It was held at Jantar Mantar near Parliament, and included many Christian leaders, including All India Christian Council (AICC) president Joseph D’souza, AICC secretary general Dr. John Dayal, Bishop Karam Masih of the Church of North India, and principal of Mount Carmel School in Delhi V.K. Williams. They warned Indian Prime Minister Dr. Manmohan Singh that his silence could lead to killing of innocent people at the hands of Hindu extremists.

The police rounded up and detained about 4,000 participants in the rally later in the day, but the crowd left the Parliament Street police station at 2:15 p.m. after an official announced that there was not enough room in the jails to keep such a huge number of people.

“This was the first time since November 1997 that such large numbers of Christians have been arrested in the Parliament Street police station. It was incredible to see Catholic nuns, Protestant pastors, civil society activists and more singing Christian songs of liberation within the police station,” said Dayal, member of the National Integration Council of the Government of India.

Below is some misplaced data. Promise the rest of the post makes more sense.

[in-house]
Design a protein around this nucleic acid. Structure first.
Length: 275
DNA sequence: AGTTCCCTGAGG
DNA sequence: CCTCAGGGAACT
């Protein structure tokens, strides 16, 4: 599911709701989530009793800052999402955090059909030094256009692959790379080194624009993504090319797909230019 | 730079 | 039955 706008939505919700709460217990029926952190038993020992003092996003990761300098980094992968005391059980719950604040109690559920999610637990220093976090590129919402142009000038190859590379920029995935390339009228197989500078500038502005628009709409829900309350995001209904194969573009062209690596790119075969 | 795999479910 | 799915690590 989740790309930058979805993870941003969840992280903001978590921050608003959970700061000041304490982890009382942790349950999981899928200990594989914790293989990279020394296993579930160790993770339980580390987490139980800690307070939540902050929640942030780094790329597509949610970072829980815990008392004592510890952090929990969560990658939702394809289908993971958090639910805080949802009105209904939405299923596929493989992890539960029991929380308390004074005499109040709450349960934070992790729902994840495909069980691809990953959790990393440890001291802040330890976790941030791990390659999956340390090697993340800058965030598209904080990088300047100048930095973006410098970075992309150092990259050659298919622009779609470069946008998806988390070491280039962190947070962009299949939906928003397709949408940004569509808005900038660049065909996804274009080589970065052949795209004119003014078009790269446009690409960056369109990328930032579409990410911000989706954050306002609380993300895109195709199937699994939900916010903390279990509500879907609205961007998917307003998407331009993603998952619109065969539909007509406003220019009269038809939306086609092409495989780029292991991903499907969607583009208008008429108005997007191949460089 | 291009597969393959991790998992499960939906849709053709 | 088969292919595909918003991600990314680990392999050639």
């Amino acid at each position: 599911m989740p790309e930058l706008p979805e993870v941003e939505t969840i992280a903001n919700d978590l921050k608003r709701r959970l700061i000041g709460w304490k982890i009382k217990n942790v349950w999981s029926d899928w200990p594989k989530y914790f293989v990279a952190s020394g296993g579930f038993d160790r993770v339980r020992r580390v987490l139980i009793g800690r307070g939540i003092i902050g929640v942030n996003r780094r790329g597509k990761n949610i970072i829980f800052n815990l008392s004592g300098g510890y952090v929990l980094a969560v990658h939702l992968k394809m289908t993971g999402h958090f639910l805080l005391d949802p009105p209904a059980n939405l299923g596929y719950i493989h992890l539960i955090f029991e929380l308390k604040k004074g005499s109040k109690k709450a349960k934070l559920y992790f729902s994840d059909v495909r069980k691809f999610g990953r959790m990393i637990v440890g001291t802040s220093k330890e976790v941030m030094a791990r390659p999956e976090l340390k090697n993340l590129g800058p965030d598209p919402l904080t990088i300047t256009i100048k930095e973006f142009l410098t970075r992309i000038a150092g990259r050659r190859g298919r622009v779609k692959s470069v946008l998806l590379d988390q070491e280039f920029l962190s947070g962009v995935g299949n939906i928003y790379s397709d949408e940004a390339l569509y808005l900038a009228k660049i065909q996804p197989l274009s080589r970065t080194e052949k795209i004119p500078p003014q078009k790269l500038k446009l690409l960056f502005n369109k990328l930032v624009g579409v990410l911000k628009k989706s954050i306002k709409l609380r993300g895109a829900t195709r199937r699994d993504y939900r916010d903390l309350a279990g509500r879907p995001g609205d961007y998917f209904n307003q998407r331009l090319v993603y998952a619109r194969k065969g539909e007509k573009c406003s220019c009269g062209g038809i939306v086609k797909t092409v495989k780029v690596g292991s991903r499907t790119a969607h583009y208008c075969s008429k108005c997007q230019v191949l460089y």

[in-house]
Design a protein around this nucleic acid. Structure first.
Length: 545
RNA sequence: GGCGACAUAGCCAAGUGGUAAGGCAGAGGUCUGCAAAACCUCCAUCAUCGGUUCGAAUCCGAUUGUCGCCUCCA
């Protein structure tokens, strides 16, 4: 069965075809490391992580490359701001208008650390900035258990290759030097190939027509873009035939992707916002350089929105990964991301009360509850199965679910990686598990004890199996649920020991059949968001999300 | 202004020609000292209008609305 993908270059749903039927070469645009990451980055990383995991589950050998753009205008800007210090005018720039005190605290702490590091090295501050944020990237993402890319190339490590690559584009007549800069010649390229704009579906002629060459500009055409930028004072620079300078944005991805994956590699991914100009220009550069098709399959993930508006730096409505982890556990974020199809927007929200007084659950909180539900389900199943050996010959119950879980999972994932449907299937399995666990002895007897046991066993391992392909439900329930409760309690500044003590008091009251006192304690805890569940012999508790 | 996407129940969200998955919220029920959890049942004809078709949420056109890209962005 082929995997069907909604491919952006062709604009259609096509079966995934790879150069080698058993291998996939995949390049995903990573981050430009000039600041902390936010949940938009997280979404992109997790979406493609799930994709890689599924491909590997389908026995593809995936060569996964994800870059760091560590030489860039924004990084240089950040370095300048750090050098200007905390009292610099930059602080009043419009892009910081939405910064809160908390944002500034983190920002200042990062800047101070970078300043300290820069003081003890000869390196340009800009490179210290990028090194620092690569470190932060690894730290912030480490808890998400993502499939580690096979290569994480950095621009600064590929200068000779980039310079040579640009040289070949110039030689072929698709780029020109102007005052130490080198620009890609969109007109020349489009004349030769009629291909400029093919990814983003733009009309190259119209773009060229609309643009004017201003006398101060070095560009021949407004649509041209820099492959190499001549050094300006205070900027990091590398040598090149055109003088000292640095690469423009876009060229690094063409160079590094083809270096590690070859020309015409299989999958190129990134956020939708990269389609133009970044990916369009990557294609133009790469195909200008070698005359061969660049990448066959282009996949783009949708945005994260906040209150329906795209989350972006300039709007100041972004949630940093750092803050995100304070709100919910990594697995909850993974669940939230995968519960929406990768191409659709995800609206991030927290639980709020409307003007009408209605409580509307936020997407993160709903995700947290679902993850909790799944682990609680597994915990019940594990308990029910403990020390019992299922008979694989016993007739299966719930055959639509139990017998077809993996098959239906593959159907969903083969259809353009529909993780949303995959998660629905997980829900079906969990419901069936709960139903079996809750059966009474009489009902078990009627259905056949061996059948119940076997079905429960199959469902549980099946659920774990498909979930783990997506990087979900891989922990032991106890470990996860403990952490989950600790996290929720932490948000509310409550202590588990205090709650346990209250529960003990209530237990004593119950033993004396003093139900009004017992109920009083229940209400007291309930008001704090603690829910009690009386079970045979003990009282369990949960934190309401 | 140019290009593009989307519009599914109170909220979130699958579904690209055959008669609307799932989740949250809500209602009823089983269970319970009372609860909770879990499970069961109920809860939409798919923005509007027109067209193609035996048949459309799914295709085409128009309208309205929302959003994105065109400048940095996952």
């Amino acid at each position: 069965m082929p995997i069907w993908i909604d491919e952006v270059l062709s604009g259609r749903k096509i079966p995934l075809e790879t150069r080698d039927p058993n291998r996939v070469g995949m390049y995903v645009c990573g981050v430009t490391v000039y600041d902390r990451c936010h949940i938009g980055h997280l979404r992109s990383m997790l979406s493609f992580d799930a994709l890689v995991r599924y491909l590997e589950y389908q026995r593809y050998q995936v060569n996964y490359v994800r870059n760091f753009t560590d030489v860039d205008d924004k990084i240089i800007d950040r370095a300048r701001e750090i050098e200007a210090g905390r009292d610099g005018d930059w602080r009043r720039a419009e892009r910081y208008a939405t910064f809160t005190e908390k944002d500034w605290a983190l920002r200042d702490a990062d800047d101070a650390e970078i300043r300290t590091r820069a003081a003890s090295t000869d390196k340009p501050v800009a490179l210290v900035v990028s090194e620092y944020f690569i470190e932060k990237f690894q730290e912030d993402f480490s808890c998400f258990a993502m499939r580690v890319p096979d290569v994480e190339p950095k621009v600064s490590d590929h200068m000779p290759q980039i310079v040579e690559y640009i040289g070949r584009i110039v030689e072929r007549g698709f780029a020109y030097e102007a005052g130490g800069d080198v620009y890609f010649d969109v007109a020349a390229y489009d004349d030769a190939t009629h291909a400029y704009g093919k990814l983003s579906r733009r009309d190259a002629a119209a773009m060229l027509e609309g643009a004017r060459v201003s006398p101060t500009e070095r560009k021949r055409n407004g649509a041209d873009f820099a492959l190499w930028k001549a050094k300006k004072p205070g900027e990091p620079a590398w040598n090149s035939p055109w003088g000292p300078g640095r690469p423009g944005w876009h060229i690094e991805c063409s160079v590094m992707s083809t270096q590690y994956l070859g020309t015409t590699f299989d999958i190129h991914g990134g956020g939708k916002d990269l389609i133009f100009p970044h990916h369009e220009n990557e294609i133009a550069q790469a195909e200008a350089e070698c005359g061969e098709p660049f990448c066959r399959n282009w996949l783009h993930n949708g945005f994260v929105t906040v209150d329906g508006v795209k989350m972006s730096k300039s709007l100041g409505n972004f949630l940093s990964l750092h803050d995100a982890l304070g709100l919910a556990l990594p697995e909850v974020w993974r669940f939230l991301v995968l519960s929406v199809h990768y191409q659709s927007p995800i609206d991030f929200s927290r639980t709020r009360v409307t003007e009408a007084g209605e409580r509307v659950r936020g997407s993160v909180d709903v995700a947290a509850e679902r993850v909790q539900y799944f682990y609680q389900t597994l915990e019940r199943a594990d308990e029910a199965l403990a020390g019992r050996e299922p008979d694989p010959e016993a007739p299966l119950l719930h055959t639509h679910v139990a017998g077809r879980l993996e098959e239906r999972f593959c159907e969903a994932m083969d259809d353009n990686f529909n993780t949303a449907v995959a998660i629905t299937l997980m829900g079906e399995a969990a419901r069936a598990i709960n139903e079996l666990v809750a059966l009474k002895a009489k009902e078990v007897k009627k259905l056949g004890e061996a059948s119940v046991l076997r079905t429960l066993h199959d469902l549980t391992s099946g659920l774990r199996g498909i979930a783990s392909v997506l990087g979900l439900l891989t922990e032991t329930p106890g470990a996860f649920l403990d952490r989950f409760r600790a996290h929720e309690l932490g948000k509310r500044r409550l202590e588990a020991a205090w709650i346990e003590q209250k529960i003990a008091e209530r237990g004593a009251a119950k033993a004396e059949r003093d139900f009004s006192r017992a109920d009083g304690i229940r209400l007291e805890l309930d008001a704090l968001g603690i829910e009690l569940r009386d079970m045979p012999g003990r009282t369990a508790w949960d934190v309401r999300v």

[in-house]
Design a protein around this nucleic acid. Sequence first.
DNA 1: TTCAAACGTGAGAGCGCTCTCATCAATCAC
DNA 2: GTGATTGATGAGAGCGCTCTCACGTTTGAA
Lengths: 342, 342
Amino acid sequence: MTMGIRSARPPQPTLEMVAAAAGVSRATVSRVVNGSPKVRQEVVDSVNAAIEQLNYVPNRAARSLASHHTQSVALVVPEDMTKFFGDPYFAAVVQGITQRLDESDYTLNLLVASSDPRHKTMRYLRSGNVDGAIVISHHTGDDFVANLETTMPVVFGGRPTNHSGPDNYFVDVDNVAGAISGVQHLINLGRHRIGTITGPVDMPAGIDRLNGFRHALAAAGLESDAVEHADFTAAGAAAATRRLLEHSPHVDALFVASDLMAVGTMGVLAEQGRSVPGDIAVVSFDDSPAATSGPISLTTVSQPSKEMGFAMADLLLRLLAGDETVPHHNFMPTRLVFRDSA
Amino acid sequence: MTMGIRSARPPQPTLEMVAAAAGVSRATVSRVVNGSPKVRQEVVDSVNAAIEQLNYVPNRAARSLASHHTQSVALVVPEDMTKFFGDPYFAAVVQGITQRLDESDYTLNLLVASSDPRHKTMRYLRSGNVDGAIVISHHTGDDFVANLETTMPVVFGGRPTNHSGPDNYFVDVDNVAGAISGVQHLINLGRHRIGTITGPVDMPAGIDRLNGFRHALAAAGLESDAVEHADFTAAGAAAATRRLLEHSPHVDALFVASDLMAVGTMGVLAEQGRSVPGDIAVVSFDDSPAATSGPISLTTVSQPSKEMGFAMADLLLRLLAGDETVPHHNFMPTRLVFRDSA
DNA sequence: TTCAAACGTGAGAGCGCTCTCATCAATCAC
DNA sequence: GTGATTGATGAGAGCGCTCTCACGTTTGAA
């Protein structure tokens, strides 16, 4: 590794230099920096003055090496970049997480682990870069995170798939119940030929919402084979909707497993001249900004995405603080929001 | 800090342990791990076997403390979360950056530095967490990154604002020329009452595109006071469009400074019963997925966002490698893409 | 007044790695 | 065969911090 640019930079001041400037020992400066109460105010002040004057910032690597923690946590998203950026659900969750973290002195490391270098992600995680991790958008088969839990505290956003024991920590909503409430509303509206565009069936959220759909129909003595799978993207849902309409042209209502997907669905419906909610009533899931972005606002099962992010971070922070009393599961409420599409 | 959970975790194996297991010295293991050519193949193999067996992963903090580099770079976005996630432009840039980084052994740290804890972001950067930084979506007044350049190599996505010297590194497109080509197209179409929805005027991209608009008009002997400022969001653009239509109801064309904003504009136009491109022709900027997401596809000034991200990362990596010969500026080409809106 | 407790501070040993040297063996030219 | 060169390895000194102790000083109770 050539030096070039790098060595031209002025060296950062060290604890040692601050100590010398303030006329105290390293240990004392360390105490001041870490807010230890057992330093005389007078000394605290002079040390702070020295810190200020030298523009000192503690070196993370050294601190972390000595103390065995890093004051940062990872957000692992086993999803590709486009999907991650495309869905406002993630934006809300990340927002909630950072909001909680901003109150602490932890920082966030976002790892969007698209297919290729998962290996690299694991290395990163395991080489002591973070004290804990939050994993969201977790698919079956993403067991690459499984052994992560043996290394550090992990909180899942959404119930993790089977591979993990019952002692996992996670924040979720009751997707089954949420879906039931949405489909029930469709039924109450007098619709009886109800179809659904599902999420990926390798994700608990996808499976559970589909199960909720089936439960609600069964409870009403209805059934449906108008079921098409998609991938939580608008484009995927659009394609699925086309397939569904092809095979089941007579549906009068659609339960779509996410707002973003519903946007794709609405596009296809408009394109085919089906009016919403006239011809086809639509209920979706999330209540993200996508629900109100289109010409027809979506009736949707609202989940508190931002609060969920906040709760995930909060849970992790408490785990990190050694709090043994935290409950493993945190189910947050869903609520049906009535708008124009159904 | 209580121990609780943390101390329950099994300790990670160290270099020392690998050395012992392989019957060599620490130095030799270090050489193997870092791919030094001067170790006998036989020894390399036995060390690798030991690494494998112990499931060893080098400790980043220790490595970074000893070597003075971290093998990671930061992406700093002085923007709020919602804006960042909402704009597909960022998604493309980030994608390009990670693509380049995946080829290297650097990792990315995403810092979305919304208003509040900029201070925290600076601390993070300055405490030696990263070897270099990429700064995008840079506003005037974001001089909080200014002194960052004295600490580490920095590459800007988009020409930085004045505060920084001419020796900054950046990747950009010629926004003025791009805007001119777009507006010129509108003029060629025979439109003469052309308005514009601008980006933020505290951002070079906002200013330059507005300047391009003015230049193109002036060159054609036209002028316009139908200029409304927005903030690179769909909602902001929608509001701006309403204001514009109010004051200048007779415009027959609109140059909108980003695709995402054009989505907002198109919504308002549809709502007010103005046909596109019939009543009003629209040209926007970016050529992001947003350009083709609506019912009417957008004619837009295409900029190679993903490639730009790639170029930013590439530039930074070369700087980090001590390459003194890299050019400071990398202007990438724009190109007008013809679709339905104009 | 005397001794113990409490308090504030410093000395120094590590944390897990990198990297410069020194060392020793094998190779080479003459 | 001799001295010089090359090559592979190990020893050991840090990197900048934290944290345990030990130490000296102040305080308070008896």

The rally participants, who were from several states, including Delhi, Himachal Pradesh, Madhya Pradesh, Maharashtra, Rajasthan, Punjab, Orissa and Andhra Pradesh, shouted slogans against the United Progressive Alliance (UPA) government led by the Congress party, saying, “wake up and stop atrocities on Christians”.

Rev. Madhu Chandra, regional secretary of the AICC, explained that in 2006, the AICC recorded at least one anti-Christian attack every three days, “but this rose to one attack every alternate day during the first four months of this year.”

A majority of attacks on Christians are led by groups associated with the Rashtriya Swayamsevak Sangh (National Volunteer Corps or RSS), which is also the ideological mentor of the Bharatiya Janata Party. Christian organizations estimate that more than 100 anti-Christian attacks have taken place this year thus far.

Also present at the rally were victims of communal violence, including Jaipur pastor Walter Masih, who walked up to the stage limping due to an injury sustained in an attack.

“We have asked the authorities to publicly condemn the attacks on peace-loving Indian Christians. We have appealed to the chief ministers and police administration of various states besides writing open letters to the prime minister and Congress president Sonia Gandhi, but we have not received any response from any of these,” lamented Dayal.

International Christian Concern (ICC)